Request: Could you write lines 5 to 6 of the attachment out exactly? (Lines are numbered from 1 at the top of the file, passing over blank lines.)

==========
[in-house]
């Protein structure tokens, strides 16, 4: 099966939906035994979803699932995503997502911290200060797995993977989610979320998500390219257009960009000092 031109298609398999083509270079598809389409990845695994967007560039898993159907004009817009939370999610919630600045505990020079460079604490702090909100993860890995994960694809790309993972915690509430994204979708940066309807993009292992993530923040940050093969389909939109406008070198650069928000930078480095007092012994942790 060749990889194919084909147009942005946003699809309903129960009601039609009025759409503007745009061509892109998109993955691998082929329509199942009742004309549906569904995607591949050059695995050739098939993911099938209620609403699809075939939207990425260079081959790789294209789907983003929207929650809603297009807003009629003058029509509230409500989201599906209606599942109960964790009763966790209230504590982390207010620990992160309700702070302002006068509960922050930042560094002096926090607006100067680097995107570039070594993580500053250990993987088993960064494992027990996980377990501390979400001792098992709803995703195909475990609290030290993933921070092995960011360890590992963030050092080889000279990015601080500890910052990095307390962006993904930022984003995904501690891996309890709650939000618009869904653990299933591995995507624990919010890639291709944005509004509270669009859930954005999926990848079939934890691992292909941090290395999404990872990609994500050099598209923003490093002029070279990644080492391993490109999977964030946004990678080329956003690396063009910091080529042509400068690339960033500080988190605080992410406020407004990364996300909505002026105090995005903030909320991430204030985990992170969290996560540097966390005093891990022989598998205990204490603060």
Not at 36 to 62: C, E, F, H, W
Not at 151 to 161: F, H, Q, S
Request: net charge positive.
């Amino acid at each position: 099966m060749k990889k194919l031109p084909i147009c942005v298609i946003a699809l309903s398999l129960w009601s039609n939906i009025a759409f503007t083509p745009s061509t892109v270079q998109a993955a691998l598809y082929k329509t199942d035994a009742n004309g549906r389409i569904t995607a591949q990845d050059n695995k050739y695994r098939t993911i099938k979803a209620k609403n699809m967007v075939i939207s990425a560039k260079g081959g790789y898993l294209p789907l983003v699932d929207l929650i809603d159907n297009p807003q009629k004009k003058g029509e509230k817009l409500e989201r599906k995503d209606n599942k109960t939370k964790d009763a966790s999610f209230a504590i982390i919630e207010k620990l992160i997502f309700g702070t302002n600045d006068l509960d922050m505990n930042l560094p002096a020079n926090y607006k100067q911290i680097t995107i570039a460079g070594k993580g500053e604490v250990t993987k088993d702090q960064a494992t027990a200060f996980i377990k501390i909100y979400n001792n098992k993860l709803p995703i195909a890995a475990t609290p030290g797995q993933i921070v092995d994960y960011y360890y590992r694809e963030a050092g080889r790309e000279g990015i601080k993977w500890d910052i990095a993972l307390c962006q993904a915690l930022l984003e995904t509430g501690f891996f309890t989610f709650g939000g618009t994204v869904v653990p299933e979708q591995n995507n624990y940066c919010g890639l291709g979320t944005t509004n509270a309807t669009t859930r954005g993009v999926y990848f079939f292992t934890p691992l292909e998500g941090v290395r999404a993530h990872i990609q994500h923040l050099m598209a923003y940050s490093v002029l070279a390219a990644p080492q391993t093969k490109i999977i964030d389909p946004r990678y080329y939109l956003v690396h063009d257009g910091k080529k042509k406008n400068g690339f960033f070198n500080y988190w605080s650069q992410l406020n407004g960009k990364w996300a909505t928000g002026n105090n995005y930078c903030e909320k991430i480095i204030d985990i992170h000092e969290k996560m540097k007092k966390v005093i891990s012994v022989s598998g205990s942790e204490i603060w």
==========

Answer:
Request: net charge positive.
């Amino acid at each position: 099966m060749k990889k194919l031109p084909i147009c942005v298609i946003a699809l309903s398999l129960w009601s039609n939906i009025a759409f503007t083509p745009s061509t892109v270079q998109a993955a691998l598809y082929k329509t199942d035994a009742n004309g549906r389409i569904t995607a591949q990845d050059n695995k050739y695994r098939t993911i099938k979803a209620k609403n699809m967007v075939i939207s990425a560039k260079g081959g790789y898993l294209p789907l983003v699932d929207l929650i809603d159907n297009p807003q009629k004009k003058g029509e509230k817009l409500e989201r599906k995503d209606n599942k109960t939370k964790d009763a966790s999610f209230a504590i982390i919630e207010k620990l992160i997502f309700g702070t302002n600045d006068l509960d922050m505990n930042l560094p002096a020079n926090y607006k100067q911290i680097t995107i570039a460079g070594k993580g500053e604490v250990t993987k088993d702090q960064a494992t027990a200060f996980i377990k501390i909100y979400n001792n098992k993860l709803p995703i195909a890995a475990t609290p030290g797995q993933i921070v092995d994960y960011y360890y590992r694809e963030a050092g080889r790309e000279g990015i601080k993977w500890d910052i990095a993972l307390c962006q993904a915690l930022l984003e995904t509430g501690f891996f309890t989610f709650g939000g618009t994204v869904v653990p299933e979708q591995n995507n624990y940066c919010g890639l291709g979320t944005t509004n509270a309807t669009t859930r954005g993009v999926y990848f079939f292992t934890p691992l292909e998500g941090v290395r999404a993530h990872i990609q994500h923040l050099m598209a923003y940050s490093v002029l070279a390219a990644p080492q391993t093969k490109i999977i964030d389909p946004r990678y080329y939109l956003v690396h063009d257009g910091k080529k042509k406008n400068g690339f960033f070198n500080y988190w605080s650069q992410l406020n407004g960009k990364w996300a909505t928000g002026n105090n995005y930078c903030e909320k991430i480095i204030d985990i992170h000092e969290k996560m540097k007092k966390v005093i891990s012994v022989s598998g205990s942790e204490i603060w």